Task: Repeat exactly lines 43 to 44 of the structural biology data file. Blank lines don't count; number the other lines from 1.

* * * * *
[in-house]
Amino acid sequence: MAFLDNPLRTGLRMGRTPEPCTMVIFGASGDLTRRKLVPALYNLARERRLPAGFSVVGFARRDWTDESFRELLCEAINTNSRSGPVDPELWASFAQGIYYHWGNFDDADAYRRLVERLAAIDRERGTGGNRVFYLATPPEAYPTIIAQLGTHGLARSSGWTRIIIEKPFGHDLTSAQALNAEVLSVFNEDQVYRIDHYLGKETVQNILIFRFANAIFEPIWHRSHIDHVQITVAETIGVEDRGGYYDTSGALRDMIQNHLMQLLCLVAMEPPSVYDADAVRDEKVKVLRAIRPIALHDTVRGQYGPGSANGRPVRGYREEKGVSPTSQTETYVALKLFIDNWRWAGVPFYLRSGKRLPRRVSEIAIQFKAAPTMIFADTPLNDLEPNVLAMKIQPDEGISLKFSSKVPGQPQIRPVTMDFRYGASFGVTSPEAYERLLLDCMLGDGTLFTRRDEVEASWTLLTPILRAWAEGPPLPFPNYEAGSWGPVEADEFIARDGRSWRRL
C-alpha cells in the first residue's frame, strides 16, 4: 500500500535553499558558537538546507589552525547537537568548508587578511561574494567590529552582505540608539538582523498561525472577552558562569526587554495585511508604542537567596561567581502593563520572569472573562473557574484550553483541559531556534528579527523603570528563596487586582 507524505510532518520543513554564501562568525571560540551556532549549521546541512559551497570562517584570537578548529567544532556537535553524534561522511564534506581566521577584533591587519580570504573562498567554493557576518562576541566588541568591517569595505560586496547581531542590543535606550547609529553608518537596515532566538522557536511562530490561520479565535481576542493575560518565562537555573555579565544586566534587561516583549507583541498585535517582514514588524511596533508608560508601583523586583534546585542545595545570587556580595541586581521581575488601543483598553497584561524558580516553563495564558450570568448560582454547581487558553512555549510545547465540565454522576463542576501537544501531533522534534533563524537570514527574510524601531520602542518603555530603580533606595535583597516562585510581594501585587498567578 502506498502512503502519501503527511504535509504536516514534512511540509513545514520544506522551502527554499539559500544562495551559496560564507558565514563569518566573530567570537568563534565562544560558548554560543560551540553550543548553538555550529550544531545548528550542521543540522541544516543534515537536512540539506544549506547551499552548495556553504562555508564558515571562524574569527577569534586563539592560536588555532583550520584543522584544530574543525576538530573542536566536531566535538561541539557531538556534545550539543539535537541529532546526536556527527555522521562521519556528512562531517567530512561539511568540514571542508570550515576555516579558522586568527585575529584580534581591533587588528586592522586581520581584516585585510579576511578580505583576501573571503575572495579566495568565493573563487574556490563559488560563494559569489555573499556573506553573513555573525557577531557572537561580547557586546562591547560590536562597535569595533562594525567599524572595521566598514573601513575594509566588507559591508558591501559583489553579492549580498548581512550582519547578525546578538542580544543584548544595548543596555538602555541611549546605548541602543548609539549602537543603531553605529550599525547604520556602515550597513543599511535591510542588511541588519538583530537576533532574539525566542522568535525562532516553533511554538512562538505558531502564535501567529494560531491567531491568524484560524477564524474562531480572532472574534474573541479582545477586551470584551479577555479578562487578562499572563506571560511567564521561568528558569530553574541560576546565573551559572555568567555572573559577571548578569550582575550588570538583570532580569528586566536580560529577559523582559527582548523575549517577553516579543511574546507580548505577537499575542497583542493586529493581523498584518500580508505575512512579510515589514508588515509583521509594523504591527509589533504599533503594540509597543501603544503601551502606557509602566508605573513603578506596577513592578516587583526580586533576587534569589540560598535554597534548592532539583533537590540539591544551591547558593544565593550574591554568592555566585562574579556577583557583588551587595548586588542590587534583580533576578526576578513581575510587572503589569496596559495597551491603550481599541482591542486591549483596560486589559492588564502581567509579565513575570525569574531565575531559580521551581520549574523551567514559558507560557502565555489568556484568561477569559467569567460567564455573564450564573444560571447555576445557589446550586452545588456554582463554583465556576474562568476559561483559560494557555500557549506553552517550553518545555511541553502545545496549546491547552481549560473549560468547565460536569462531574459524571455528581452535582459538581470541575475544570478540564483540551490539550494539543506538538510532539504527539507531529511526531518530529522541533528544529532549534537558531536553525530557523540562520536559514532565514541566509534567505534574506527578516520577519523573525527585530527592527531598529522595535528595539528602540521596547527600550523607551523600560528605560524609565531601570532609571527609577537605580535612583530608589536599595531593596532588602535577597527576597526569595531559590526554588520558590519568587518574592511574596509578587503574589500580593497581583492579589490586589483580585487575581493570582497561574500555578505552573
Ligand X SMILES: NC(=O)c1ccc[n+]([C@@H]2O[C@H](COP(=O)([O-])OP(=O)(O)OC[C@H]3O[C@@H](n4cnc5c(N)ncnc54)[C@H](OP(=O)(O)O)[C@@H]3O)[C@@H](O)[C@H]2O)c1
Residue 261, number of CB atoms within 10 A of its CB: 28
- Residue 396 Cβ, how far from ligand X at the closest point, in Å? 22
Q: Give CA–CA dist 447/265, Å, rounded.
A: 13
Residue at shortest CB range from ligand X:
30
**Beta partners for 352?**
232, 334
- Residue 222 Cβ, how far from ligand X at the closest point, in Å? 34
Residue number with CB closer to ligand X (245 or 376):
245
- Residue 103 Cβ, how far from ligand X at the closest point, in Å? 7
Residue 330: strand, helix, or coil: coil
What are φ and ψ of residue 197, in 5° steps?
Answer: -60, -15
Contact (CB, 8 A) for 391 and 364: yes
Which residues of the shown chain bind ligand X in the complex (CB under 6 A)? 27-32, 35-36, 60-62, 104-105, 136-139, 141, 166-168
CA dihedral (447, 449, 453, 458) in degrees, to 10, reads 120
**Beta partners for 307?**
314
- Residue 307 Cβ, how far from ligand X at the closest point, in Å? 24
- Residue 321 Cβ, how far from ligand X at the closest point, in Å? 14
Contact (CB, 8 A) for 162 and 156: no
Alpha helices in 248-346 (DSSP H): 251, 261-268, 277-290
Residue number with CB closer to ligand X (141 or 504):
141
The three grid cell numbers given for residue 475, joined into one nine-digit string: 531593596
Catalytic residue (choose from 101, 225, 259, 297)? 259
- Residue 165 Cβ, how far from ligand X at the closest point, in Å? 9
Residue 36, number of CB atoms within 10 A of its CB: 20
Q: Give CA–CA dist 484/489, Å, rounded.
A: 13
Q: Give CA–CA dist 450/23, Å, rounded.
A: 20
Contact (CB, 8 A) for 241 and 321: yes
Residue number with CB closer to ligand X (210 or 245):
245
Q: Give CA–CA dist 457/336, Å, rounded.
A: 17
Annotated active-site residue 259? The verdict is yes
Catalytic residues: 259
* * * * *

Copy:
A: 17
Annotated active-site residue 259? The verdict is yes